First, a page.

• Use at least 3 inches of wood chips in your beds, year-round, and more around your roses in the fall.
  • Mound with good compost, including lots of coffee grounds.
  • Tie up your roses in bundles and cut them back to 12-18 inches when they stop blooming.
  • Cover them with half-filled leaf bags after the ground has frozen.
  • Keep your roses frozen until spring comes over your window sill!
Let me know if you have any questions.  I would love to hear from readers in the cold zones of Europe, especially in Siberia (where my Volga-Deutsch father was born in 1902).

Please comment in the space below or send an e-mail to: .

Jack Falker
September 2013

Thursday, September 5, 2013


It's important for my readers to know that many of the things I talk about in these pages were learned by trial and error; a lot of errors!

For example, in a non-rosy matter this summer, I asked a commercial sprayer, who was spraying fungicide on my neighbor's flowering crabs, to also spray my Harrelson-Red apple tree.  He told me he was spraying a systemic and stated the chemical name which sounded vaguely familiar, but it didn't register with me and I didn't check it out.  Unfortunately, I later found out that what he sprayed was the systemic fungicide Banner-Maxx, which I use as a systemic blackspot inhibitor on my roses, along with Manzate.  Banner-Maxx is labeled only for fruit trees that will not be used for human consumption and there are now hundreds of beautiful apples on that tree that I will have to throw away this fall.  I really should have known better, but I won't make that mistake again, for sure.  To make matters worse, that boner cost me ten bucks!

I also just learned something else in the last week about my roses, which have been absolutely beautiful all summer.  I started seeing lots of shiny leaves, like something sticky had been sprayed on the plants.  After a little checking around, I discovered that what I was seeing was "honeydew", the sticky excretion of thousands of aphids that had infested several of my beds.  I  haven't seen aphids in any quantity in my beds for years and that really started me scratching my head.  I have always cultivated beneficial wasps and flies in my gardens that feast on a variety of insects, especially aphids, so what changed?  Where did the beneficials go and why this infestation?  I immediately water-washed the plants with my bug blaster and sprayed with insecticidal soap, and then with a combination of apple cider vinegar and Castile soap, which killed a bunch of aphids, but not nearly enough to keep up with the supply that was attacking my plants.  After a few days the plants were looking really stressed and today I cut off lots of new growth that was starting to die back.  Tomorrow, I will be spraying with imidacloprid, which I know will take them down immediately, but I really hadn't wanted to do that this year, because of its potential effect on bees

I immediately suspected that I had made another foolish mistake and I read everything I could find on the internet about aphid infestations.  What I discovered is that by over-spraying certain insecticides, such as acephates (like Orthene)and pyrethroids (like Demand CS) you can kill off all the beneficial insects, which then gives rise to aphid infestation.  And I really had no idea what aphids would do to the roses, once they are uncontrolled by beneficial insects.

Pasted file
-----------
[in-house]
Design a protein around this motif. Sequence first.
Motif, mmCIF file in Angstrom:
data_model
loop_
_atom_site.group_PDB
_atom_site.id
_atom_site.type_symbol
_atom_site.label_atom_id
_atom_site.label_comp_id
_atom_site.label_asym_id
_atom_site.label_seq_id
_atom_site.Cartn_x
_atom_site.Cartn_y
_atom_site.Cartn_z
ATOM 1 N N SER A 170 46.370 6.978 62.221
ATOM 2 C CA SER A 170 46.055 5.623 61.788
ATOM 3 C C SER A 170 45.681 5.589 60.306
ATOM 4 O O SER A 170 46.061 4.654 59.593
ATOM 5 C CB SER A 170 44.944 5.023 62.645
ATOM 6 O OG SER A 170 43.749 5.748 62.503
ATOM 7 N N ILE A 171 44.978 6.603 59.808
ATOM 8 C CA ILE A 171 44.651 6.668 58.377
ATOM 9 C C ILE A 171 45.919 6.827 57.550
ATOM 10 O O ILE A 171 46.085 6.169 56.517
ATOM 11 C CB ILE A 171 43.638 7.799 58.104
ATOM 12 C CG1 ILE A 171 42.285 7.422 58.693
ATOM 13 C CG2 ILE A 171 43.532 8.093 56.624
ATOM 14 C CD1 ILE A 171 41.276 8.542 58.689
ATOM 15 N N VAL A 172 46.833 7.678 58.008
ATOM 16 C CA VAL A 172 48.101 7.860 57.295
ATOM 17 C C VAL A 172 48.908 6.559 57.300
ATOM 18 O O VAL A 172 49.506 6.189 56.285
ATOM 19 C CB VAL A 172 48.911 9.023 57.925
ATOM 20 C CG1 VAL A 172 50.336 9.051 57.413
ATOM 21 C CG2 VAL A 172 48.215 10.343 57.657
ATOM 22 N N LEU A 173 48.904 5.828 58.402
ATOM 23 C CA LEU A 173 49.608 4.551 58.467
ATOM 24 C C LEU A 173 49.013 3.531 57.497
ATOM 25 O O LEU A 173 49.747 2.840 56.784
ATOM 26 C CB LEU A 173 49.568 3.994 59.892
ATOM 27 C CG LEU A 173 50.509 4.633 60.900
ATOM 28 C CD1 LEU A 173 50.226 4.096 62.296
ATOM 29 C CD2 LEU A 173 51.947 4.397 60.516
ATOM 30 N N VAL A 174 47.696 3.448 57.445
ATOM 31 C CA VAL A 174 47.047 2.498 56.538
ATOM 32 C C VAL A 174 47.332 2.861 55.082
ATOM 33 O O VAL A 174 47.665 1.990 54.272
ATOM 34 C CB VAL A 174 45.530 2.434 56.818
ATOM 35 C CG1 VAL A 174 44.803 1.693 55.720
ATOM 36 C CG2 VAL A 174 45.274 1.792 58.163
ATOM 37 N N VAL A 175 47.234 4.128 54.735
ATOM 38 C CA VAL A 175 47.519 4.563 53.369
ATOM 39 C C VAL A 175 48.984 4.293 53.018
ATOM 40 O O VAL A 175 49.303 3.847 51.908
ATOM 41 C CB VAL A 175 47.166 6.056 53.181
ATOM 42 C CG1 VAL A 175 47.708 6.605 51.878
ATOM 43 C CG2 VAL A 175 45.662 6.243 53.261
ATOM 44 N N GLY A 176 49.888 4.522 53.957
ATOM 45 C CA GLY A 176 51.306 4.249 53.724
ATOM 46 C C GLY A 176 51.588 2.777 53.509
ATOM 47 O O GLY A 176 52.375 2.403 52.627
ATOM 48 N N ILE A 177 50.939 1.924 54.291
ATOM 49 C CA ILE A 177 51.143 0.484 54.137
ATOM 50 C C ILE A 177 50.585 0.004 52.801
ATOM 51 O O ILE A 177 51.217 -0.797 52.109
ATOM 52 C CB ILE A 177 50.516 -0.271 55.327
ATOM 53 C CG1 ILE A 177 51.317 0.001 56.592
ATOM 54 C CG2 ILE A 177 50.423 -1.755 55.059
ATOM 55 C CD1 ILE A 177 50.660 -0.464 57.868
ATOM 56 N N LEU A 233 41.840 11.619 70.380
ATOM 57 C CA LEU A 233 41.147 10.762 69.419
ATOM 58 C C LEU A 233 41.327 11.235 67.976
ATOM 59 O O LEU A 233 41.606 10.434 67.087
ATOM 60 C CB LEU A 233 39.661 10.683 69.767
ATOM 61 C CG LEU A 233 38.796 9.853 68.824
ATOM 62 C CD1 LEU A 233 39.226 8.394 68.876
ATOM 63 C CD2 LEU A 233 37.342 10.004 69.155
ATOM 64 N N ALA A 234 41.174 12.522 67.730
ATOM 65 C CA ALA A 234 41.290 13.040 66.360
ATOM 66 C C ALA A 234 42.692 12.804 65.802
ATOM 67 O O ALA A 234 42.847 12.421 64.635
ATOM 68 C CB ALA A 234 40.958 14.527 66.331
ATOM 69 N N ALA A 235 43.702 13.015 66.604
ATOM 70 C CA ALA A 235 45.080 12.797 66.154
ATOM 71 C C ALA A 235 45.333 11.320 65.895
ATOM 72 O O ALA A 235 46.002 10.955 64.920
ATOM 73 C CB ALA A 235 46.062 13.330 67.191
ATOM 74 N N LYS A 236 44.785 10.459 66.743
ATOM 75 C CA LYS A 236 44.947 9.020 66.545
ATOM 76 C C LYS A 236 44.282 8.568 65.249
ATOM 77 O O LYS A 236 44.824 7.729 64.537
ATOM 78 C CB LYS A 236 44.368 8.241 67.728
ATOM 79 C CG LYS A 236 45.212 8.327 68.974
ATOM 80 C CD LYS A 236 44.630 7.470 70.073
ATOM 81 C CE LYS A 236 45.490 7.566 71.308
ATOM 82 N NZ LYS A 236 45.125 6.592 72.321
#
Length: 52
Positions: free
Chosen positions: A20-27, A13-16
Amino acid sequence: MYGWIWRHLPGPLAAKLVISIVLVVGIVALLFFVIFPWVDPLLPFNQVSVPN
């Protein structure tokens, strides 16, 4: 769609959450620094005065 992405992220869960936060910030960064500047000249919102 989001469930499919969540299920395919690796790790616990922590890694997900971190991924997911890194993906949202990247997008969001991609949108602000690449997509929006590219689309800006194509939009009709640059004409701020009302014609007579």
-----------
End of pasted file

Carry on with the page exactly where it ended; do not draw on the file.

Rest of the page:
Those of you who have followed my blogs for the last year or so know that I have been successfully experimenting with the pyrethroid Lambda Cyhalothrin (Demand CS) for controlling Japanese Beetles.  Since it is also labelled for spider mites, I thought that I could make it do double duty with both spider mites and JBs. Mistake! I ended up overusing it this summer and, to make matters worse, since it is labeled for aphids, I used it again to try and wipe out the aphid infestation, which failed completely and the infestation just got worse.

So by making this seemingly foolish mistake, I have learned the limitations of overusing a pyrethroid, which has a very important application in controlling JBs and which I want to be able to use in the future.  The lesson is to use it very sparingly and only when a true JB infestation occurs, which we really haven't seen this summer.  (Picking the beetles by hand and drowning them in soapy water is still the preferable way to control JBs and I must admit I just got lazy on that front this summer, in favor of spraying Demand CS, which works so well.

The other thing I learned is that the combination of Castile soap and apple cider Vinegar controls aphids, although not enough to forestall an infestation.  I had given up on it earlier this summer when it didn't work on thrips but, since I wasn't seeing aphids at that time, I didn't realize that it was working to hold them down.  I will definitely return to this very benign approach toward aphid control, as soon as I achieve a "knock-down" to save my beds.  Here's my post on Castile soap:

So, another valuable lesson learned.  But remember that if you aren't trying new things and, yes, making a few mistakes, you will never learn how things should best be done.  In that regard, you can make an educated guess that many of the things I discuss in these pages have been learned and perfected by making mistakes.

Jack Falker